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Press Release – 21st May 2019

Press Release 

The publication of the Grenfell Tower Inquiry’s first report, which was due this spring, has been delayed until October.

The fire that devastated Grenfell tower and claimed at least 72 lives was a huge indication that ‘urgent and very far reaching reforms’ on a range of issues were required; from fire safety, social housing, inequality and deregulation to name a few. Grenfell Inquiry Judge Martin Moore-Bick has now stated that his much-awaited phase 1 report will be delay. The report was supposed to be delivered in spring 2019. Independent Charity INQUEST recently produced a report indicating that bereaved families demanded interim recommendations be put in place as soon as possible to protect others and a repeat of what happened at Grenfell.

The delay of the phase 1 report is an addition to list of other ‘delays’ communicated by the authorities.

Who can forget the Prime Ministers promise to Grenfell survivors that they would be rehoused with two weeks? In March 2019 the Met police stated that if their investigation conclude ‘there is sufficient evidence to consider criminal charges in relation to the fire’, a file will not be submitted to the Crown Prosecution Service for consideration until the final inquiry report that will follow Phase 2 hearings. Are we now to surmise that Phase 2 of the inquiry will also be subject to further delay?

Yes, Public Inquiry reports may well take a long time to write – but why make a promise about the timing of the report in the first place.  This has only served to decrease Bereaved, Survivors and Residents (BSR) confidence in the process further. They have already raised the issues of a lack of transparency during the inquiry and a culture of secrecy and exclusion.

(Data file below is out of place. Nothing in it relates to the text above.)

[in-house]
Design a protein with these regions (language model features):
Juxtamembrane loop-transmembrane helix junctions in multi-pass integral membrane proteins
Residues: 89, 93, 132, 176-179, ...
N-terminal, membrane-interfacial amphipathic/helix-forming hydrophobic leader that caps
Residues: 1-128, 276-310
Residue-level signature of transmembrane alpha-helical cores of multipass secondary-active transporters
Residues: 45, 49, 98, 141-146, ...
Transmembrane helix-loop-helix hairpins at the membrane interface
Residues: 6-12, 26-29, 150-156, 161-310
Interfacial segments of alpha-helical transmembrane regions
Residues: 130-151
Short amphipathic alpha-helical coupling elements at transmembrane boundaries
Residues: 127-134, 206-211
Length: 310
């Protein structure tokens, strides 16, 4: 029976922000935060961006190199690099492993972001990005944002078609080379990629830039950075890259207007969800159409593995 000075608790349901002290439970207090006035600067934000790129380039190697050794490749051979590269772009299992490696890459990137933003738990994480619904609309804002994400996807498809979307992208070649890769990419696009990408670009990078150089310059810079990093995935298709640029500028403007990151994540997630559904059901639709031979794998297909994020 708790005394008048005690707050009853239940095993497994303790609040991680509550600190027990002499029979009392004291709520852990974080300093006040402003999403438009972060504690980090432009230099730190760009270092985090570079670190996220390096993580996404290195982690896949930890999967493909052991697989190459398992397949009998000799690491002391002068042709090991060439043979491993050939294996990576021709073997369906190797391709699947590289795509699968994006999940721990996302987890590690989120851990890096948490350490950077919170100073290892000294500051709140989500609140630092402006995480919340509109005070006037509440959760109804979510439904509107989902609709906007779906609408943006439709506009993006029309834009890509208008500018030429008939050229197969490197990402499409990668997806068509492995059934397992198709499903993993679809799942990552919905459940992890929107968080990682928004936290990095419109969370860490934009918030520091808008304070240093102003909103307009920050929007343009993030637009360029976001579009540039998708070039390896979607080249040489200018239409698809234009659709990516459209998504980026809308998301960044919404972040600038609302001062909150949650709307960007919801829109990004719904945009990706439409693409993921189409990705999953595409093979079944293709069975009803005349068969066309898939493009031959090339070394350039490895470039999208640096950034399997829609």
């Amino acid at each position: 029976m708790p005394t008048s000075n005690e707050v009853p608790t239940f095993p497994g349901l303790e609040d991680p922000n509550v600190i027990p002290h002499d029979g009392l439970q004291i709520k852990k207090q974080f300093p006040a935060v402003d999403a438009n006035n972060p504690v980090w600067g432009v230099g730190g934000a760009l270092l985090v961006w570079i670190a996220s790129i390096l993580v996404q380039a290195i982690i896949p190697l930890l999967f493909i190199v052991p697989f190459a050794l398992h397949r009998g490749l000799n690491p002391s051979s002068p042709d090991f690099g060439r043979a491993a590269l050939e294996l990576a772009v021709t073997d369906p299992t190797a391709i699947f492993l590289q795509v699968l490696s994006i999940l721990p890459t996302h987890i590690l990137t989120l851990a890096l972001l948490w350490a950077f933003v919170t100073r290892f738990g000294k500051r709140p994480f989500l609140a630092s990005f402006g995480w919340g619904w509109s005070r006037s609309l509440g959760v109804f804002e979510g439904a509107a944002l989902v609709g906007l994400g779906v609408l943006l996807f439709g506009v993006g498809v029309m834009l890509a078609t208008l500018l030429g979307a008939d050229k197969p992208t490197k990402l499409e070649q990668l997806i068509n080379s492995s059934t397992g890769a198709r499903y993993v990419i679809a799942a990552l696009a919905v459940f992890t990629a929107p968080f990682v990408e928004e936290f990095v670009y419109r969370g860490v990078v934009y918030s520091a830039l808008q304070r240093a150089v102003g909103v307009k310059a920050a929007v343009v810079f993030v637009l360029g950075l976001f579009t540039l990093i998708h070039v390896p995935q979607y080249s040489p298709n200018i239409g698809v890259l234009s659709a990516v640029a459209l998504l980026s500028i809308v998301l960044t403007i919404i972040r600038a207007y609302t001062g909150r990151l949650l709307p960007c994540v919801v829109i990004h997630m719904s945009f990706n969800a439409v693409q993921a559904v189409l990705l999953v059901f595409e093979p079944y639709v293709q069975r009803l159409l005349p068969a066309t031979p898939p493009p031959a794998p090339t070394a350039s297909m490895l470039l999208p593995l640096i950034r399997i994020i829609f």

This is another excuse on a long list of shifting the parameters of the inquiry and a lack of willingness to discuss with BSRs how and why decisions are made.

Nabil Choucair who lost 6 family members in the fire and Chair of Grenfell Trust said,

The delay of the Phase 1 report appears suspicious. ‘What are they hiding? Who are they protecting – the government, local authority, the companies? I now have a complete lack of trust in this process. There is a huge machinery of civil servants who are paid to produce the Inquiry report.  Why is it taking so long?’

 

In the lead up to the second anniversary we are approaching a very difficult time of the year for the whole community – we hope that the Inquiry will not bury more bad news or raise further delays at this time.

They should remember that Justice delayed is justice denied.

 

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Tasha